Refusal to Do a Case on Moral or Ethical Grounds: Practical Navigation Through Very Troubled Waters



Refusal to Do a Case on Moral or Ethical Grounds: Practical Navigation Through Very Troubled Waters


Kenneth R. Abbey MD, JD

Marcus C. Stepaniak CRNA, MS, BSN



Imagine that you are assigned by your group to the ambulatory surgery center for the day. Your first patient is a 21-year-old college student for dilation and evacuation (D&E) to terminate a pregnancy. She is G1P0 at 8 weeks’ gestation. She has decided to terminate the pregnancy because she has split up with the man with whom she was involved (the baby’s father), and she does not feel prepared to raise the child on her own while dealing with the demands of college. Would you feel justified in refusing to perform anesthesia for this woman? What would you think if one of your colleagues refused the case? Is it ever appropriate to refuse anesthesia for a procedure that is legal?

Imagine now that your group has assigned you to perform anesthesia at the state penitentiary. The governor has asked your group to provide general anesthesia to a 38-year-old man who is a death-row inmate scheduled for execution by lethal injection. A recent execution by lethal injection went badly awry when the intravenous (IV) line infiltrated, and the prisoner was believed to have suffered while a second IV was placed and the lethal cocktail given again. To ensure pain-free execution to the current prisoner, the state would like you to induce general anesthesia. When you are satisfied that the prisoner is anesthetized, you will be escorted from the room, and an executioner will administer a large dose of potassium to stop the prisoner’s heart and complete the execution. You are informed by legal counsel that your state has a statute making your participation legal and shielding you from any ethical or legal liability. Would you feel justified in refusing to perform anesthesia for this man? What would you think if one of your colleagues refused the case? Is it ever appropriate to refuse anesthesia for a procedure that is legal?

The issue of refusal of care in medicine is both intellectually difficult and emotionally troubling. To some extent, objective discourse on this topic has been made more difficult because refusal of care in anesthesia is closely associated with the deeply divisive issue of abortion. However, the issue is broader than that and deserves consideration in the context of other factual scenarios. Questions worth considering include: Is it ever appropriate to
refuse anesthesia for a procedure that is legal? If so, who decides when it is appropriate? How should a refusal be invoked?

Arguments regarding the legal and ethical appropriateness of refusals run the gamut from supporting an absolute right of refusal to concluding that no such right exists for any procedure that is legal. The arguments for a right of refusal stem essentially from the American tradition of freedom. After all, this country set forth the right of freedom of expression and religion in its very first Amendment in the Bill of Rights: “Congress shall make no law respecting an establishment of religion, or prohibiting the free exercise thereof; or abridging the freedom of speech.” Certainly, it is argued, if one has a right to freedom of religion, and if one’s religious beliefs (or ethical principles) forbid participation in certain procedures, then no one should be able to force one’s participation.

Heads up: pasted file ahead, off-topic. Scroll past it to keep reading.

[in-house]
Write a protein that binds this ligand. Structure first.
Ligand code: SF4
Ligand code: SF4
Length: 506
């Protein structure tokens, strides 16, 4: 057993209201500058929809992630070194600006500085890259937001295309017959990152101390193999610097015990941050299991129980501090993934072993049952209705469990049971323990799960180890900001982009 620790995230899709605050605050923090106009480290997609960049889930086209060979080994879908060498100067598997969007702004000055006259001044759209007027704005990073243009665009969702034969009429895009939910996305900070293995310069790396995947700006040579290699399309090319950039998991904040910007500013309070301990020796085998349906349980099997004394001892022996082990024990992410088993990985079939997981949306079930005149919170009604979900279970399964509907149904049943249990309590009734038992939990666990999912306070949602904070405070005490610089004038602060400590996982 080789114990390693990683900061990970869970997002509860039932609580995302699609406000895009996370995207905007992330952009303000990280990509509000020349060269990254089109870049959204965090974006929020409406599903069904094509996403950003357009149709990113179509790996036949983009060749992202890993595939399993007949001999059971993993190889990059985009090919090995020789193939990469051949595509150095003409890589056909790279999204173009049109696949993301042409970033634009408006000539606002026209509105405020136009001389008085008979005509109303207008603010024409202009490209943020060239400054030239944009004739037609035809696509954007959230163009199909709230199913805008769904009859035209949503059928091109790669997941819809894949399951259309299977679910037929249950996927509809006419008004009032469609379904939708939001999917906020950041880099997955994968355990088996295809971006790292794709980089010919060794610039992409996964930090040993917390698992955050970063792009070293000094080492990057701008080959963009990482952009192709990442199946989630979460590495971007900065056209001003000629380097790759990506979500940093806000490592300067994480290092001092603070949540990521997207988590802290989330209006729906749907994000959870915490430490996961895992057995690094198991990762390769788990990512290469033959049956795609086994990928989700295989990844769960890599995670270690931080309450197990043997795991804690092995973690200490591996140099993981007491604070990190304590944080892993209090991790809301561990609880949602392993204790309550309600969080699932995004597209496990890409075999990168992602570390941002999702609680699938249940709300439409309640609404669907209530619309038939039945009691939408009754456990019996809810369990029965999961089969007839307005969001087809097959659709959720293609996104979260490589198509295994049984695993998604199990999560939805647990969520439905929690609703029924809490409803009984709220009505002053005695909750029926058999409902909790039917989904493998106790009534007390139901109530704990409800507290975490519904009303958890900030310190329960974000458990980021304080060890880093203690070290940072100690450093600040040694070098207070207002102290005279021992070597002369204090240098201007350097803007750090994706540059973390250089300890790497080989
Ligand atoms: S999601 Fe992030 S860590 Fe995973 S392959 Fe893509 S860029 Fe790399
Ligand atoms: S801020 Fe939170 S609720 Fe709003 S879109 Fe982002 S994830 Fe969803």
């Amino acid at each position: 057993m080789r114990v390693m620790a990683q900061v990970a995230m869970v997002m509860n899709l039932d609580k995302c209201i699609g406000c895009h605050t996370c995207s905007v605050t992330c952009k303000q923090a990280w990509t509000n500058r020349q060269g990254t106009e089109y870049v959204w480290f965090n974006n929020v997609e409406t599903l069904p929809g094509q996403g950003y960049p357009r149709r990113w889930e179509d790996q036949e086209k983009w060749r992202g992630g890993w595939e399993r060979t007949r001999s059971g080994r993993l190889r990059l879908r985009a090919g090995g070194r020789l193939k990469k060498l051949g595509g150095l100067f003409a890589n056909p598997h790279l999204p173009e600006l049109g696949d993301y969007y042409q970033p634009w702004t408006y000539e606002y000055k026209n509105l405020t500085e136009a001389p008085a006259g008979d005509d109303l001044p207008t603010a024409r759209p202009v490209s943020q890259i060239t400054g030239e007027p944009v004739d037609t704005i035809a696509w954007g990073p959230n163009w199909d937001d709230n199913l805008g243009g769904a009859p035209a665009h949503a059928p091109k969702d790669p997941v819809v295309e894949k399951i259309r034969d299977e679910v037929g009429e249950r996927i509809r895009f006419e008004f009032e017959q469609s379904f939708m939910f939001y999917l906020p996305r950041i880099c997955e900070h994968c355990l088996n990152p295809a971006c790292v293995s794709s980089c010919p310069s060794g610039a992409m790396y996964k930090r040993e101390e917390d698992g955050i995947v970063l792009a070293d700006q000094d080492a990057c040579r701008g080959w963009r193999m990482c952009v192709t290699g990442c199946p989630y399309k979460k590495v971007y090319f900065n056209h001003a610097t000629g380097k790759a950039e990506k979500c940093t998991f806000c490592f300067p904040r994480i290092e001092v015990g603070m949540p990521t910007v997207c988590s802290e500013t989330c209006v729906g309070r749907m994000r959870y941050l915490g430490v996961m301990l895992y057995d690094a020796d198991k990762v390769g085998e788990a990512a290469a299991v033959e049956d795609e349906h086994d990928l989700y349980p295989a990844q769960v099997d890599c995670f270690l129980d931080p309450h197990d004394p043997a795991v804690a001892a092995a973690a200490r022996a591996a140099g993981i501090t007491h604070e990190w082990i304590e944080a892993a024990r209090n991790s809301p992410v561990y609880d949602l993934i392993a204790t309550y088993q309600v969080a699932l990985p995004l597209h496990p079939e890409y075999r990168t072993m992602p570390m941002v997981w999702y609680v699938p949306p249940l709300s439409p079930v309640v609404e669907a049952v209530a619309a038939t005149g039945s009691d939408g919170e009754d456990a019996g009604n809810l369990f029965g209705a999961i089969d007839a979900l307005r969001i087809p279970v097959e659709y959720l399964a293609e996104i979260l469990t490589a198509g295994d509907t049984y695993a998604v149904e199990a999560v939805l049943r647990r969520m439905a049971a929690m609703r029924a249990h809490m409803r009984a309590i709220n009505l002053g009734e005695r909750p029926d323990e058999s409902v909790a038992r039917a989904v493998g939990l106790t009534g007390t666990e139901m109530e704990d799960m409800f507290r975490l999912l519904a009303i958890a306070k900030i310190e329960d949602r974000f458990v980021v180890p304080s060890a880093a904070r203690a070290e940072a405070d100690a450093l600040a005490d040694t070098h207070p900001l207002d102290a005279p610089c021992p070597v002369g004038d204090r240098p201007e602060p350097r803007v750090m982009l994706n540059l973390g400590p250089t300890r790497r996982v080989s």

The opposing view is well framed by Dr. Julian Savulescu in a recent issue of the British Medical Fournal (see Suggested Readings). In his article, Dr. Savulescu states that “[w]hat should be provided to patients is defined by the law and consideration of the just distribution of finite medical resources,” and further, that “[i]f people are not prepared to offer legally permitted, efficient, and beneficial care to a patient because it conflicts with their values, they should not be doctors.” He notes that it is inefficient and inequitable for a large percentage of doctors to refuse to participate in abortions, because patients are then required to “shop” for doctors who will perform a legal service. He further notes that inconsistent moral positions of physicians lead to inconsistent care and discrimination. It could be argued from Savulescu’s thesis that cases of abortion and execution are distinguishable because the abortion is beneficial to the patient whereas execution is not. However, that distinction is likely to be lost on the death-row inmate, who would probably believe it beneficial to be anesthetized by a licensed anesthesia provider before being put to death rather than be sedated by an amateur. If doctors are required to provide any legal, beneficial service requested by patients, could anesthesia providers ethically refuse to provide anesthesia to a death-row inmate who requested to be properly anesthetized before being given a lethal injection? Would the same ethical considerations apply to assisted suicide in a state in which it was legal?

Only gold members can continue reading. Log In or Register to continue

Jul 1, 2016 | Posted by in ANESTHESIA | Comments Off on Refusal to Do a Case on Moral or Ethical Grounds: Practical Navigation Through Very Troubled Waters
Premium Wordpress Themes by UFO Themes